Why Traditional Recruiting Methods Fail

March 31, 2015

shutterstock_229793971The amount of time, effort and frustration companies go through to find reliable, intelligent recruiting assistance is astronomical.


Over the years, the majority of hiring companies bounce from one recruitment company to another, unable to gauge the real reason behind their inability to find effective staffing assistance.


Naturally, they wonder what the driver behind their inability to form a cohesive relationship with a reliable sales staffing firm stems from.


Some firms begin to ponder if every recruiter is incompetent (negative feelings do little to help the situation).


Others over analyze their hiring message, hiring choices or ability to manage the employees once on-boarded as the main reasoning behind their inability to succeed with outsourced recruitment efforts.


The candid answer is that the approach of the overwhelming majority of recruiting companies is flawed, illogical and inefficient. Rarely is it the fault of the hiring organization.


Regardless, the inadequacy of recruiting firm performance forces companies to rethink their hiring strategies, budgets and competitiveness in the open job market.


Frequently, the basis on which they choose the recruiting firm they work with is only thing that requires change.


The Overarching Problem


The overarching problem is that companies can’t recruit the employees who will make a difference because their recruiters never present them. Hiring companies spend countless amounts of time listening to the reach, network capabilities and methods of finding applicants.


We live in the digital age. Finding candidates should be no feat in and of itself.


When the clients do interview the candidates, these individuals are difficult to recruit because they have been mismanaged by the headhunter. This mismanagement occurs in several forms:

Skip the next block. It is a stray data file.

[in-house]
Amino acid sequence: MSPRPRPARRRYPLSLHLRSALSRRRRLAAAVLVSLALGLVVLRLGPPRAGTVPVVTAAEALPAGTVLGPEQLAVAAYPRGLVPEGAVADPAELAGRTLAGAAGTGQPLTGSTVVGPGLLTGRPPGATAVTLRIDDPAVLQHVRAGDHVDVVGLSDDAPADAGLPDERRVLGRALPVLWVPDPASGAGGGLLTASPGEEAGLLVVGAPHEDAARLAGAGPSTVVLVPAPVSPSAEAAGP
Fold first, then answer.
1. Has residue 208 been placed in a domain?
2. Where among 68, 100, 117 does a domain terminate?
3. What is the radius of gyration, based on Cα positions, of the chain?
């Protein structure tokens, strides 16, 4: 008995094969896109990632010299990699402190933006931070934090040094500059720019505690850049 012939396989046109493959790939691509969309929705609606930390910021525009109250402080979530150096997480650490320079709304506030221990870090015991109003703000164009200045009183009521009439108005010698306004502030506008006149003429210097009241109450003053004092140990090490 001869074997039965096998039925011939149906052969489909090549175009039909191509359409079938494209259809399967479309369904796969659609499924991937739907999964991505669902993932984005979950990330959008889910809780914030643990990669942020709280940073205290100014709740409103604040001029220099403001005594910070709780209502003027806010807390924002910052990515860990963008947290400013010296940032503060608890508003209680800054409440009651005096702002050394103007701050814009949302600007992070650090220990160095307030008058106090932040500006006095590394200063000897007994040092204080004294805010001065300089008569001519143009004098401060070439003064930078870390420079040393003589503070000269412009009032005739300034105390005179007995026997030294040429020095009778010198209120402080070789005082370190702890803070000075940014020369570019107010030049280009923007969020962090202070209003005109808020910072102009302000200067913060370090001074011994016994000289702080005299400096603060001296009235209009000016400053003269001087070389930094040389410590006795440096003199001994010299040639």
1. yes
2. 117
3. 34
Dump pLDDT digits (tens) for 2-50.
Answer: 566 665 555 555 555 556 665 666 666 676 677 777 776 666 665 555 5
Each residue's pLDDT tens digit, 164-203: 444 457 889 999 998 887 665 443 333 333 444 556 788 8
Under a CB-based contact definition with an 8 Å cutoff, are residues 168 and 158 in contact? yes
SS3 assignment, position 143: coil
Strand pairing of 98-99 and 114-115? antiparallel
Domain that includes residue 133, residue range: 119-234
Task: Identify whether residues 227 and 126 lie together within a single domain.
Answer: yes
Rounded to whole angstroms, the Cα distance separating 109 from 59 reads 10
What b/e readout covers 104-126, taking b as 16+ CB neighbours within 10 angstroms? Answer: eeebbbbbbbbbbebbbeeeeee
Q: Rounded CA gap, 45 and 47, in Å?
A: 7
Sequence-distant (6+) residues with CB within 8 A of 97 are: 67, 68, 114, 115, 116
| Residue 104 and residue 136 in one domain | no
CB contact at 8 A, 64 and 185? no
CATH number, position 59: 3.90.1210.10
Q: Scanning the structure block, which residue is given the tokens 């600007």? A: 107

– Over-promising salaries and inflating expectations to get the job seekers in the door. When the interviewee is told something different by the hiring manager, they are often turned off to the position.


– Interviewing is the easy part. Most recruiters can’t properly sell the job. In any form of human resources, if you don’t get an applicant excited about a position, the client begins at a disadvantage.


When this happens, the hiring company spends too much time trying to sell the candidate rather than being able to determine their aptitude for the job.


The most pertinent question is not how many applicants do you have. Rather, it’s what the recruiter is going to say about a hiring firm that will determine the success of the project.


On a multitude of levels, it’s more advantageous for a firm to ask a headhunter how they will represent their particular company.


The Process


The overwhelming majority of staffing companies will present very similar processes. To sell clients, they spend significant amounts of time formulating an organized, set process that appears highly organized, effective and destined for success. It rarely is.


When you think of the recruiting process as a football play, the reason these processes don’t work often comes to light. When drafted, football plays often seem flawless. However, most don’t count for variables in the defense. The best leaders on a football field can call variables quickly and accurately when necessary according to the opposite side.


Similarly, effective recruiters can work around hiring variables that come into play during the search process. Most unfortunately end up folding due to small variables or huddles that arise.


Just like in football, it’s the players’ ability to decipher and adapt to changing environments that will determine whether or not they win the game.


A set universal process fails to take into account the fact that every recruiting project, company, budget, hiring need and recruiting preference is different.


It’s not the game plan; rather it’s the players playing the game that makes a difference.


In the End


There are only a few questions that need to be asked to determine the aptitude of a recruiter. The most important questions are who are the individuals representing the company, what are their backgrounds and achievements and how would they pitch the client organization.

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